Hence, what is troubling in Johnson’s transhumanistic approach is the complete delegation of agency that this particular brand of self-surveillance entails. Johnson no longer trusts his own mind at all. In fact, he makes it responsible for his previous mental and physical sickness and he never tires of affirming how great he feels now that he follows the Blueprint regimen. In a recent interview, he even goes so far as to pronounce the mind dead.

two robotic beings lying against a blue background
michelangelo buonarotti / pexels

Deus ex machina?

But the boundless faith Johnson places in an extreme form of scientific reductionism as well as emergent AI technologies, at the expense of all other human-based faculties, tends to obscure the fact that AI is a compound product not only of human intelligence but also of human choices, hence also human biases and limitations. This can make AI particularly fallible – with consequences more far-reaching and potentially perilous than those entailed through individual or even group error.

In the case of AI, however, the debate over technological trajectory is still far from settled. Technological determinism may seem to be having a moment due to the sheer scope and intrusiveness of AI – entailing not just unintended and potentially irreversible consequences, but maybe even the possibility of a lock-in. Nevertheless, we are not there yet! And because AI is still being shaped by humans, it can (and probably should) be curbed and regulated through human intervention. Indeed, AI’s development is currently neither (fully) autonomous nor need it be uni-directional. We can still decide in what areas it makes sense to implement it, and in which it does not.

So, while AI may offer very attractive and useful health perspectives in e.g., evidence-based or preventive medicine, it is not devoid of flaws and dangers. Indeed, if they have taught us anything, the histories of science and technology are replete with examples of experiments gone badly wrong – primarily because human intuition and common sense were temporarily silenced by a misplaced sense of awe, not to mention greed. Hence, we need not subscribe wholesale to Johnson’s or any other AI prophet's “deus ex machina” perspective.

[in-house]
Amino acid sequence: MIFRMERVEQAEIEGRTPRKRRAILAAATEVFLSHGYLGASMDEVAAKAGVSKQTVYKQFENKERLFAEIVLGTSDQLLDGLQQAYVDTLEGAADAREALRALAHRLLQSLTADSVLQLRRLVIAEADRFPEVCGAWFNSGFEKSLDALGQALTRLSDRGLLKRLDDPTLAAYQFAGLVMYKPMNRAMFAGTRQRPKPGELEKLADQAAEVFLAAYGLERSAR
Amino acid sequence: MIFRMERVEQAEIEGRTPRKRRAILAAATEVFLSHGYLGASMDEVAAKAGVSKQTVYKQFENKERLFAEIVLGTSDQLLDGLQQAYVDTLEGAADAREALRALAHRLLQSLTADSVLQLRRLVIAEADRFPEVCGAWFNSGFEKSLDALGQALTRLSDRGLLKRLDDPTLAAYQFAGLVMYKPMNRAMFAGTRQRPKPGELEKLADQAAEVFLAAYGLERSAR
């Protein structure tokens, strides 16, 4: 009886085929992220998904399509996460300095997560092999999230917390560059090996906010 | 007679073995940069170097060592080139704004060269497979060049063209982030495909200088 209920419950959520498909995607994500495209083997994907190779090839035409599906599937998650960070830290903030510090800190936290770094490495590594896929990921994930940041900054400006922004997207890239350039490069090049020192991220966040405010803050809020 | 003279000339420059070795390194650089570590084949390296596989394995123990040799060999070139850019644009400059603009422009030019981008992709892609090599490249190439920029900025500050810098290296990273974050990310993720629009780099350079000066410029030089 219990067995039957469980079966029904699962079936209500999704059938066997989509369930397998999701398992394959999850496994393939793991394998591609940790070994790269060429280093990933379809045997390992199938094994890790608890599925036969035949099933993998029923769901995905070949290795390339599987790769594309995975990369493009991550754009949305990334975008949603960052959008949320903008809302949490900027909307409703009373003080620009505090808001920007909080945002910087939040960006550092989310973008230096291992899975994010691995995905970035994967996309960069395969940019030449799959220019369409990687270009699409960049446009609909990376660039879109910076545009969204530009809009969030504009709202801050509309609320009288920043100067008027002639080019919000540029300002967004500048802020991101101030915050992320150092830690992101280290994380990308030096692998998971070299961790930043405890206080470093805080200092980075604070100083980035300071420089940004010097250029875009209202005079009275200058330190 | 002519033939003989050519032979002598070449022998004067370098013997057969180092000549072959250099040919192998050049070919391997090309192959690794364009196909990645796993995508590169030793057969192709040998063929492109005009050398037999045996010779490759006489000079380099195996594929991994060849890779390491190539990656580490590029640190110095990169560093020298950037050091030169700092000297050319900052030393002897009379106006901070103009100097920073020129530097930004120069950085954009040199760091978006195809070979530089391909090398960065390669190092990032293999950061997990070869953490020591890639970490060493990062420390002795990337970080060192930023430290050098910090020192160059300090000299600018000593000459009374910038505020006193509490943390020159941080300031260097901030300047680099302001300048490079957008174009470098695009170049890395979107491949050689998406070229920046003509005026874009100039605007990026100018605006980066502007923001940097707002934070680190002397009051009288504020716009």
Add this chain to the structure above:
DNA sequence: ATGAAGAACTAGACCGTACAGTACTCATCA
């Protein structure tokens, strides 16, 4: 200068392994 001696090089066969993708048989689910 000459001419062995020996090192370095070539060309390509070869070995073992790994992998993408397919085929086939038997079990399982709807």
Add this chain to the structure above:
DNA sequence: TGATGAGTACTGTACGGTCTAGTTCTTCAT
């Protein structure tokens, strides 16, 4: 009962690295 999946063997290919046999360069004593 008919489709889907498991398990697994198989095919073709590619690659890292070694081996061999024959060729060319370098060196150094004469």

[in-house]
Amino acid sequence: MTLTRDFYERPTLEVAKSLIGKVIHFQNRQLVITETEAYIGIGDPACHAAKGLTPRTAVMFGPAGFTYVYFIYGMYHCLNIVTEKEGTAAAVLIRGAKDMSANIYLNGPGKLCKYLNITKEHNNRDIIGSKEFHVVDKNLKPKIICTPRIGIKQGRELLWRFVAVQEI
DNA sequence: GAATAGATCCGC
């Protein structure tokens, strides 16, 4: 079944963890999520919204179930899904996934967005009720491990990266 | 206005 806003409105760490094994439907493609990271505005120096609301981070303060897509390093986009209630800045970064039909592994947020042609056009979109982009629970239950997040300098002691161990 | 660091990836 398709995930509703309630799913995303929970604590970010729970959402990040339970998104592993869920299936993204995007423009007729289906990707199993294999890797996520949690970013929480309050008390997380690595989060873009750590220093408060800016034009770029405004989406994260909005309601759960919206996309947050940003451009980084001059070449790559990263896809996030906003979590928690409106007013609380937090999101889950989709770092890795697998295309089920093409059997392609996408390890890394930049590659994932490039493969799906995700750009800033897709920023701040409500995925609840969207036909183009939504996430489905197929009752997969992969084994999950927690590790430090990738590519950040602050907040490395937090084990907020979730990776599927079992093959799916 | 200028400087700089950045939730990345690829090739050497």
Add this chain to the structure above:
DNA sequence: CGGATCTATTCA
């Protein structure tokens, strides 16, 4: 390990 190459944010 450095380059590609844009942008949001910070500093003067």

Healthism contra rogue human

When it comes to the human pursuit of health, Johnson actually displays a deep ambivalence. He wants to fire the human but is obviously hungry for human contact and approval, as illustrated by a number of videos featuring healthful fellowship with his father and one of his sons, whom he seems to have converted to his lifestyle. He also repeatedly hosts brunches at his home to convince friends about the benefits of his protocol. And then, there are all the interview invitations he readily accepts…

Rooftop party with friends
cottonbro studio / pexels

But by divorcing the “human” from “health”, Johnson paradoxically risks alienating the very humans he seeks to convince. Because beyond the identification he may be able to foster by describing his tribulations, he cannot single-handedly discount the human need for choice and connection through pleasure – however destructive these may prove. It is this very human inclination that makes the ultimate success of an “algorithm that takes better care of ourselves than we can” very unlikely. While most of us would welcome the discovery of an anti-ageing panacea and some of us are even prepared to invest a lot of time, money and energy in healthy longevity, few of us are ready to entirely give up our free will or the illusion thereof.

Last but not least, even though Johnson would have us believe that he has successfully rebirthed himself as a rootless post-human potentiality, his rabid brand of healthism is very much the product of a particular culture of American self-entrepreneurship. Bettering and lifting the self beyond the strictures of ethnic, economic, social and psychological belonging is the very essence of the self-made wo/man myth. One cannot help but wonder how Bryan Johnson would fare, had he been born into, say, a Mediterranean culture that elevates sensuous social interaction to quasi-religious heights… Somehow, it is difficult to picture the success of “Blueprint” and its dull menus in France or Italy.  But even American health entrepreneurs can change their minds. Witness Tim Ferriss, who after successfully championing his own brand of quantified self-production for years, recently stated that “not everything that is meaningful can be measured”.  

Human Longevity à la Carte

So, where does all this leave you if you have neither Bryan Johnson’s means nor his mindset but still want to access healthy longevity? Cultivating longevity does not mean you have to invest huge amounts of time, money or effort to make a real difference. Indeed, small but consistent lifestyle interventions in nutrition, movement, sleep, stress reduction and supplementation can make a significant difference. A difference which is concretely captured by a biological age test such as epiAge.